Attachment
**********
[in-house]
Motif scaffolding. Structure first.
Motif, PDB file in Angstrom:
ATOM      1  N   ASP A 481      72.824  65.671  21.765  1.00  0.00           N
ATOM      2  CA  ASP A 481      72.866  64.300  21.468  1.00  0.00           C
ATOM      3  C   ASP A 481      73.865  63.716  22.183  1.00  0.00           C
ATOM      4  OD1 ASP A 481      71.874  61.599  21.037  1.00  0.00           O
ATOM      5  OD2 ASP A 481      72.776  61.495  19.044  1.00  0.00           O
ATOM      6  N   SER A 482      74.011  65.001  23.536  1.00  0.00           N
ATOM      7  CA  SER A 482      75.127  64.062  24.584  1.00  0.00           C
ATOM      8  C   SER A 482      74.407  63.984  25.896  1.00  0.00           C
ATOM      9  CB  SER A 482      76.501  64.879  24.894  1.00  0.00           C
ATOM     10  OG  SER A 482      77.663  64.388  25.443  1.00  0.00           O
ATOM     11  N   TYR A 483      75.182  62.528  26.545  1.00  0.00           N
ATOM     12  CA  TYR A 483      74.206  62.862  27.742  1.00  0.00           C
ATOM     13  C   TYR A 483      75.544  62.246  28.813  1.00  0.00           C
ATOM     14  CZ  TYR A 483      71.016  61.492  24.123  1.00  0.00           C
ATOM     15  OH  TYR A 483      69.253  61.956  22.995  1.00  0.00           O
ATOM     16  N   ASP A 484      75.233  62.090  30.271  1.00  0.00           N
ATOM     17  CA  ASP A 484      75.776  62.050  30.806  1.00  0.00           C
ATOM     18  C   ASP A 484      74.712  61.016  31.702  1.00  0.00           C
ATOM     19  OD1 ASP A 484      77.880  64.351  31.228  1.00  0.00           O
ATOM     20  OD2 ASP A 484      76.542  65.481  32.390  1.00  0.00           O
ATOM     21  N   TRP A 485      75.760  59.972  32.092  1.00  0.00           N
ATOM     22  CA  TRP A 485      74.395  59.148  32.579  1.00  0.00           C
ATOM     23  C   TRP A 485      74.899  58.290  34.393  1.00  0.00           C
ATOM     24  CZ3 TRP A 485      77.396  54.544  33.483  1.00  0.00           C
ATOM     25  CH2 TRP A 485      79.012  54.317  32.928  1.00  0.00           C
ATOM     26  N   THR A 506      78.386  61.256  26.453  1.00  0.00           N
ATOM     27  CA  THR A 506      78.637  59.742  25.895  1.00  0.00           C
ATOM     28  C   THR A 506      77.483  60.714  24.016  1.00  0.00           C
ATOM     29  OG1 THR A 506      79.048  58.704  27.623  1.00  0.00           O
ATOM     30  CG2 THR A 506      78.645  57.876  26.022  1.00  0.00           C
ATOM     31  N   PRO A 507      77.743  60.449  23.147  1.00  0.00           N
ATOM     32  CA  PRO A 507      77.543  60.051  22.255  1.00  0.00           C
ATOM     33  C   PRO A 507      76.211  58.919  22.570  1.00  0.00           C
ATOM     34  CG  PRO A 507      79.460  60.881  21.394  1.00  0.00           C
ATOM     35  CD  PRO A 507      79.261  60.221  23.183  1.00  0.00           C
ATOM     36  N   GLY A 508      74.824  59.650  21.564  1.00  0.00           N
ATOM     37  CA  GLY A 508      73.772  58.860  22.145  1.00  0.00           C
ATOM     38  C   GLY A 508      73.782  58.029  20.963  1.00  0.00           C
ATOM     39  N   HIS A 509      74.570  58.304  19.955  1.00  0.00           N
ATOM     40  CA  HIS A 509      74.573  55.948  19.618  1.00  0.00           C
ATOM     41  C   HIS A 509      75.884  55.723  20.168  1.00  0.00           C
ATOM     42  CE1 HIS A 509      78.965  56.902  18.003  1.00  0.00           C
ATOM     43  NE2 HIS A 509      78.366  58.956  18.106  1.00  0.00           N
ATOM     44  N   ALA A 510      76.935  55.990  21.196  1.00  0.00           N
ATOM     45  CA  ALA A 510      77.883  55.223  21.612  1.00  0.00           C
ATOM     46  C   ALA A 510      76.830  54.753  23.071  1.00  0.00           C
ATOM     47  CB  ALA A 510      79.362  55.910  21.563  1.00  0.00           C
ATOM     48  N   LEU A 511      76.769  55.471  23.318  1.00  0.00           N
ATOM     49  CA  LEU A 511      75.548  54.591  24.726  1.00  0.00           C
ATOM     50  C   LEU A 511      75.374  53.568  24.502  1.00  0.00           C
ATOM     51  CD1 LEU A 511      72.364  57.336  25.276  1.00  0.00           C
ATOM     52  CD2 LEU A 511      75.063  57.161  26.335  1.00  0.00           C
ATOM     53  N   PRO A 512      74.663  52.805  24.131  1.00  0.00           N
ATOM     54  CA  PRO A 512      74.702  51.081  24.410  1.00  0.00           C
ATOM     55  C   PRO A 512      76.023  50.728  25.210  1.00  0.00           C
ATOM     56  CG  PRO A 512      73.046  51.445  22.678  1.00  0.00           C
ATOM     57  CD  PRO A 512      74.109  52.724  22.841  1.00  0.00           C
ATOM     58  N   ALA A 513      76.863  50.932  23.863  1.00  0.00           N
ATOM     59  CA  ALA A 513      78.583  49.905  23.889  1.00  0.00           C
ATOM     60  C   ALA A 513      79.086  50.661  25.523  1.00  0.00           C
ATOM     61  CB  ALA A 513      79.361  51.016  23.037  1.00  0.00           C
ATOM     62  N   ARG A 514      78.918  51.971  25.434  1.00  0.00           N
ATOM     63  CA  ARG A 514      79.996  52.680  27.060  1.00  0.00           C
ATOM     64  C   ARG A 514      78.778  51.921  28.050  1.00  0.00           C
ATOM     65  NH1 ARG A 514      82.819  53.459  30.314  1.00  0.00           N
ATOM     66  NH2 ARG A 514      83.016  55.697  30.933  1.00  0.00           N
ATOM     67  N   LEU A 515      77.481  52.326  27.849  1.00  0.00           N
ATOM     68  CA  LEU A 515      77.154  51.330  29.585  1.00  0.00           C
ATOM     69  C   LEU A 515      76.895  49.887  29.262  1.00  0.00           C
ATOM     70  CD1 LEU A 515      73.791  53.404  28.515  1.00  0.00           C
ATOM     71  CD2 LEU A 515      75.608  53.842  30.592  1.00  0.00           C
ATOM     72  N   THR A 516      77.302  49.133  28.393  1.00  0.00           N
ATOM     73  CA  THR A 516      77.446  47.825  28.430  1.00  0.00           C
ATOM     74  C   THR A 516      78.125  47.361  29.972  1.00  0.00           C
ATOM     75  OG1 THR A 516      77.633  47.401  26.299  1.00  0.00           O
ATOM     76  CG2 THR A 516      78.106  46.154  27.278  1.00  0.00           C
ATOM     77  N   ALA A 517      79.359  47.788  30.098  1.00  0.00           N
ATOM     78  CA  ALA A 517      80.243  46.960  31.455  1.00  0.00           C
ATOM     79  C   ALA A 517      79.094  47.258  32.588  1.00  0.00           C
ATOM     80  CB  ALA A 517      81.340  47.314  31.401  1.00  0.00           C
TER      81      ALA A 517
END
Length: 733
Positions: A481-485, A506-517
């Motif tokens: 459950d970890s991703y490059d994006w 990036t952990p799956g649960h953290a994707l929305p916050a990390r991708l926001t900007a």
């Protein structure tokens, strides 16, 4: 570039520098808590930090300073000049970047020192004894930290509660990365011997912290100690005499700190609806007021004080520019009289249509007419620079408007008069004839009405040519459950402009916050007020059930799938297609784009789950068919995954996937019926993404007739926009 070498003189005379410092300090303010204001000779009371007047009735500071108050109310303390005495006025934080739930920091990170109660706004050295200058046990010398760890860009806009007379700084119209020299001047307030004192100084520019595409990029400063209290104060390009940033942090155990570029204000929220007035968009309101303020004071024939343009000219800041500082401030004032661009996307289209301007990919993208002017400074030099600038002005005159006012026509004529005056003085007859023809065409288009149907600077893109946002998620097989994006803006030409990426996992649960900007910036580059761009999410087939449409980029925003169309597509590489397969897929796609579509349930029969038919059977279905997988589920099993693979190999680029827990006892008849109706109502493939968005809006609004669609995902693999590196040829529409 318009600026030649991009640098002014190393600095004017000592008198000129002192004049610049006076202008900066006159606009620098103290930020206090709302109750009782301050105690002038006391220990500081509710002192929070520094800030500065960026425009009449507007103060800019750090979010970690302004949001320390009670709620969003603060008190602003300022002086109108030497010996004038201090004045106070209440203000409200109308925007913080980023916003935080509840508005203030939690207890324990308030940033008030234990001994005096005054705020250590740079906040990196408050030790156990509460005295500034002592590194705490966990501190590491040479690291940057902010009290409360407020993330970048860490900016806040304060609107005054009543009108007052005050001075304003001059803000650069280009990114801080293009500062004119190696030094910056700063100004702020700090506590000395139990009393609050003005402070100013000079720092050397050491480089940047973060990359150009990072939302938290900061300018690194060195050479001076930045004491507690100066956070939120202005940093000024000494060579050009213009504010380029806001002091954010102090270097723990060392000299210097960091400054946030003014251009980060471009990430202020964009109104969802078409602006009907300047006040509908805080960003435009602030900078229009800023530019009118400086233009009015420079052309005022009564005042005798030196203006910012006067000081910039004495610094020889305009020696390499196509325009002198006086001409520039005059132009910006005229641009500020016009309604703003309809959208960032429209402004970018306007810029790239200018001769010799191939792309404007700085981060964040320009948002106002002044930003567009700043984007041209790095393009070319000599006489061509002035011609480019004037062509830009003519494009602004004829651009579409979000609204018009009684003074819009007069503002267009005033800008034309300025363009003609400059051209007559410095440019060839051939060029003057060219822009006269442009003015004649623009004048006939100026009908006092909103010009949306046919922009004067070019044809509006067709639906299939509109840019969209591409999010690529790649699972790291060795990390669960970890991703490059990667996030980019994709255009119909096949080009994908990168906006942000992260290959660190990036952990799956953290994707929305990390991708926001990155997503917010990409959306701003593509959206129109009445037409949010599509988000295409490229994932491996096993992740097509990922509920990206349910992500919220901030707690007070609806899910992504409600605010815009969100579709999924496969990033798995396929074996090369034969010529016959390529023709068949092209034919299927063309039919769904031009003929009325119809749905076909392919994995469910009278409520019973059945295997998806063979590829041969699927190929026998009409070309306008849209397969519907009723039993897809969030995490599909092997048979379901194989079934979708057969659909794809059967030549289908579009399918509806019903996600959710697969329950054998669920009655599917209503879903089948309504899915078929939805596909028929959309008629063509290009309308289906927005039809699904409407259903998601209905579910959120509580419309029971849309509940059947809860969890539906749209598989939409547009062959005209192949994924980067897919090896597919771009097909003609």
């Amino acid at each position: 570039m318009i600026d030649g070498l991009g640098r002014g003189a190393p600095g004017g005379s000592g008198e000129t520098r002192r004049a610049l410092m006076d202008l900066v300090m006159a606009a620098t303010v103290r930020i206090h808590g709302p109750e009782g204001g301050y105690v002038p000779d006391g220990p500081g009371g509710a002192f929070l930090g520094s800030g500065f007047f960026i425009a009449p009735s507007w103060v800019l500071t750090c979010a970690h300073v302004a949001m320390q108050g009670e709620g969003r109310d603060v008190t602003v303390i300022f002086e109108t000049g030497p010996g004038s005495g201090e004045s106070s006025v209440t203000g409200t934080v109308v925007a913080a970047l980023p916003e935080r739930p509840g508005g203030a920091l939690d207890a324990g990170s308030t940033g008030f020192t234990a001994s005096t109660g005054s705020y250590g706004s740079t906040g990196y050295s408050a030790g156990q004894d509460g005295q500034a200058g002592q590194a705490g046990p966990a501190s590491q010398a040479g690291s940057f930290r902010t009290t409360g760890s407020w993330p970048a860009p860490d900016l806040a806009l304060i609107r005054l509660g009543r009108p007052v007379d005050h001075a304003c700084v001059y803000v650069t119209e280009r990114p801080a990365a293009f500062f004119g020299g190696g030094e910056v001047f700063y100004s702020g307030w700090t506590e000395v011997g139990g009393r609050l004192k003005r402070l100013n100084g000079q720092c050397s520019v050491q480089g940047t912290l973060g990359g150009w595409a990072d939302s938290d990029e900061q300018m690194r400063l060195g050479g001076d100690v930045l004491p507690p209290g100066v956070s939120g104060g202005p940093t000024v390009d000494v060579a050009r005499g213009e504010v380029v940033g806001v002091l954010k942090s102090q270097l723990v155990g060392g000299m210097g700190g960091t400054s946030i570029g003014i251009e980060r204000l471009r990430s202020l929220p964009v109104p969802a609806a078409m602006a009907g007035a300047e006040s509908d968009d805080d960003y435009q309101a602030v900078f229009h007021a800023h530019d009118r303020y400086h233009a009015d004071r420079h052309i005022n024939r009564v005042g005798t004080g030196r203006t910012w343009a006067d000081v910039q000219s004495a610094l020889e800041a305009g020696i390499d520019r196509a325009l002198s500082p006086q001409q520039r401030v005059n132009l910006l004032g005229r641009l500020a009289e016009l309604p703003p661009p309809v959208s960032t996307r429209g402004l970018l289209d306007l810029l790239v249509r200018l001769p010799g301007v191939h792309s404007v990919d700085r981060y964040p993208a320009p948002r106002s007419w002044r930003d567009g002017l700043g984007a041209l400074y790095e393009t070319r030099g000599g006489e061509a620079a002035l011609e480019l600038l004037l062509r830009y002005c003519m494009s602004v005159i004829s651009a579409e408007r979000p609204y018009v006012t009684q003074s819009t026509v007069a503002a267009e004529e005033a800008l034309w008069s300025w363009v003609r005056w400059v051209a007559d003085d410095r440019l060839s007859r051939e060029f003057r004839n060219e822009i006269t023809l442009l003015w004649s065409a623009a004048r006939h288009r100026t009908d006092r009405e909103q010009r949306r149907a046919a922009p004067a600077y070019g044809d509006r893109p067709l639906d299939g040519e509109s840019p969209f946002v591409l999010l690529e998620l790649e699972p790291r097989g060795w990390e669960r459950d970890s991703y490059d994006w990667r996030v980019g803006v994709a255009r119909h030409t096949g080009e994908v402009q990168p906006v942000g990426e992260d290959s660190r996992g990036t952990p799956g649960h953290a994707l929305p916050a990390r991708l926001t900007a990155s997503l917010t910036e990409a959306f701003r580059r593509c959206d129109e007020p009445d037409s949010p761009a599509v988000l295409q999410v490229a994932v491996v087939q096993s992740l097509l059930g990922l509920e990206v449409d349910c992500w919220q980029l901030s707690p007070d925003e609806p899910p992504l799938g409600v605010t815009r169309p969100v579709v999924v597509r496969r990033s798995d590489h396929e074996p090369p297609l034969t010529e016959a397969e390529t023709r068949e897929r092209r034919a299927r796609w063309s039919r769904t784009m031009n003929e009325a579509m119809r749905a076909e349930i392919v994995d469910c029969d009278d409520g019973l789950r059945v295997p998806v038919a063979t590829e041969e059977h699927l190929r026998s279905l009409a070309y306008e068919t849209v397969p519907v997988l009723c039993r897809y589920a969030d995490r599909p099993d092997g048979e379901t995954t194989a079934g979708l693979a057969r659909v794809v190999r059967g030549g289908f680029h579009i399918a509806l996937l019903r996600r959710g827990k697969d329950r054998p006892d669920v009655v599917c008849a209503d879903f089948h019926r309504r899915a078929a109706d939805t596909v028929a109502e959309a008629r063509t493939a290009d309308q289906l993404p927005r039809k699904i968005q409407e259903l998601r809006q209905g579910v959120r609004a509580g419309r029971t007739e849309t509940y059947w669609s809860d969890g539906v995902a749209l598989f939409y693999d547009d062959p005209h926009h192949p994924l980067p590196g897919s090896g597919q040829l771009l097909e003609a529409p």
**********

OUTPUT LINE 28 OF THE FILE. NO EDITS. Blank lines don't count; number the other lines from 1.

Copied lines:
ATOM     25  CH2 TRP A 485      79.012  54.317  32.928  1.00  0.00           C